Keating Law Offices, P.C. has long been an advocate for safe biking conditions throughout Illinois. Protected bike lanes act as physical barriers between bicyclists and motorists. They are proven to reduce the chance of vehicles recklessly turning into a bicyclist’s lane of travel. Protected bike lanes also reduce the likelihood of dooring crashes where a negligent driver or passenger opens a car door into the path of oncoming bicycle traffic. Despite the clear benefits of adding protected bike lanes to our streets, some municipalities have been slow to take advantage of the added safety.
One prominent coalition advocating on behalf of pedestrians and cyclists, the Active Transportation Alliance (ATA), recently addressed four obstacles to the City of Chicago building more bike lanes. These obstacles are worth monitoring, as we can all help advocate for a safer city by helping to remove these barriers to a safer urban landscape.
Lack of funding for bicycle safety plans
Currently, protected bike lanes in Chicago are funded by state and federal grants that are difficult to obtain. Some funding comes from local discretionary funds—a pot of money that is often scarce to begin with. Moreover, Chicago doesn't have a dedicated local source of funding. There are several plans in place to promote safety for bicyclists and pedestrians, but none of these plans are adequately funded.
To address this issue, ATA proposed an annual $20 million Chicago Safe Streets Fund. The focus is to install corridors on the south and west sides of the city. This funding would help promote safe passage for Chicago citizens and bicyclists.
Chicago Department of Transportation (CDOT) staff shortage
Protected bike lanes can't be installed unless they can be properly designed and engineered. Some transportation departments in other metropolitan cities are well-staffed. As reported by ATA, CDOT only has one full-time city planner committed to Vision Zero infrastructure projects and plans to improve safety for bicyclists and pedestrians. ATA has addressed this issue by proposing better spending priorities and funding new full-time positions at CDOT. This includes adding more traffic engineers as well as bicycle, pedestrian and transit planners.
Lack of cooperation from city and state officials
In Chicago, some roads are controlled by the State of Illinois and other roads are controlled by the City of Chicago. It's unlikely that you'll find protected bike lanes on any state-controlled roads even though these roads frequently connect to popular destinations throughout the city. Many of these roadways are among those with the highest crash rates in Chicago. Yet, these central thoroughfares in Chicago may be off-limits to city planners who seek to improve conditions for bicyclists.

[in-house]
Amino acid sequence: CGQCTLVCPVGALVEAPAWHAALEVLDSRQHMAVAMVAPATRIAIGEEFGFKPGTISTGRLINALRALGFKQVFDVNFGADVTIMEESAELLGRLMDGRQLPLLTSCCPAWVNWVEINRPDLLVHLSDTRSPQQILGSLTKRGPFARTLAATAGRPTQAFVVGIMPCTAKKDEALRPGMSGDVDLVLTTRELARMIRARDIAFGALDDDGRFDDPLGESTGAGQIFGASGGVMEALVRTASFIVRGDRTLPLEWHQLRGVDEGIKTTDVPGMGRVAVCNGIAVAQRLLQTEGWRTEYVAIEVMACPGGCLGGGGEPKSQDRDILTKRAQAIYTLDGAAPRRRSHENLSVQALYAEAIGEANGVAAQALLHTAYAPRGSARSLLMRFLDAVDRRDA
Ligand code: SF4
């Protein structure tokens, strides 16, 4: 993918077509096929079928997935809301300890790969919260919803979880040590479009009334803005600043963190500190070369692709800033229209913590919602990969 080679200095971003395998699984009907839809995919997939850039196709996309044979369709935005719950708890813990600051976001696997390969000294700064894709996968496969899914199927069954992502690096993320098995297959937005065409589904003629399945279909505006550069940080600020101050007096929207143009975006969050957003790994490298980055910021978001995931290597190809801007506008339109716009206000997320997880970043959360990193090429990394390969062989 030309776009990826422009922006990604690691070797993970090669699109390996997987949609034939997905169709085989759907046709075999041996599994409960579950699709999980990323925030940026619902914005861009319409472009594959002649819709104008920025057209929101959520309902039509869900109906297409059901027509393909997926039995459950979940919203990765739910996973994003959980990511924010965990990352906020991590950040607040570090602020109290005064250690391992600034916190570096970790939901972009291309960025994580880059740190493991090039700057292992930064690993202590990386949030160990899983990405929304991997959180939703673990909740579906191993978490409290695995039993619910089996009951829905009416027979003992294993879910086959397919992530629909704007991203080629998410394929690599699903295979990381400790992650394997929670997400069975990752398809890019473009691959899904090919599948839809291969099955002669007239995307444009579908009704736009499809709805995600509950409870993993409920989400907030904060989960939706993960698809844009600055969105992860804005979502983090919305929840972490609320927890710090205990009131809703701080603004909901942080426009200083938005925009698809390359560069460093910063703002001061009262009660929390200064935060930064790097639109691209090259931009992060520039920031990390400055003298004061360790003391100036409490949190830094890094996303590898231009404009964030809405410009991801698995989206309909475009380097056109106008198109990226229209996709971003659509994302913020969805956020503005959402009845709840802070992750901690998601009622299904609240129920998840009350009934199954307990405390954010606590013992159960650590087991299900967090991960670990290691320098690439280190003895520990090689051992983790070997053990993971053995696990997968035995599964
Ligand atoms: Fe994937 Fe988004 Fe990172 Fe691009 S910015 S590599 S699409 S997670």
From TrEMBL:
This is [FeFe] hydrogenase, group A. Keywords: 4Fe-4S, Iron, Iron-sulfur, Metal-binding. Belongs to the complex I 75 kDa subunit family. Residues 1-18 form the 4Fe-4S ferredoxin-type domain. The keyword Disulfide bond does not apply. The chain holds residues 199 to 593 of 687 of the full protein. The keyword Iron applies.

While there are certain rules outlined in the Illinois Complete Streets Policy, the Illinois Department of Transportation (IDOT) has failed to make protected bike lanes a top priority. Protected bike lanes have been proposed for state-controlled roads, but IDOT has not taken a leadership role or made much of an effort to protect bicyclists by adding protected bike lanes.
ATA has proposed stronger legislation to improve the Illinois Complete Streets law and elect more state officials who are in favor of IDOT reform and sustainable transportation.
Despite the proven safety and health benefits of protected bike lanes, one of the biggest obstacles to bike lane projects is opposition from residents, business owners and aldermen. Some residents — including those in neighborhoods on the west and south sides of Chicago — have called for more protected bike lanes. These calls often fall on deaf ears.
ATA proposed solutions to ensure that the voices of residents and bicycle activists within the community are heard by CDOT. This includes strengthening community outreach, taking advantage of community infrastructure, and conducting Racial Impact Equity Assessments for major road reconstruction projects.
Protected bike lanes are critical to our health and safety
Bicyclists often share the road with motorists and truck drivers. While many bicyclists are able to do so, there is always a heightened risk of being hit by a driver who is inattentive, speeding or impaired. Protected bike lanes can significantly reduce the risk of bicyclists being injured or killed by negligent drivers.
The attorneys at Keating Law Offices, P.C. support many of ATA’s advocacy efforts and continue to advocate for people in Chicago and throughout Illinois. We will continue to follow developments in urban infrastructure that protect the citizens we represent in court. We also look forward to policy changes throughout our city and state that promote health and wellbeing.
Keating Law Offices, P.C. has decades of experience promoting bicyclists’ rights and being fierce advocates for people injured in bike crashes. Our law firm represents bicyclists who have been injured in crashes with trucks, cars, and ride-share companies like Lyft and Uber. If you were hurt as a result of someone’s careless behavior, contact us today for a free and confidential consultation. We'll go over some of the legal options available to you and explain why it’s important to talk to an attorney before giving a statement to an insurance company that is under no obligation to help you when you are injured. Contact us today for a free legal consultation.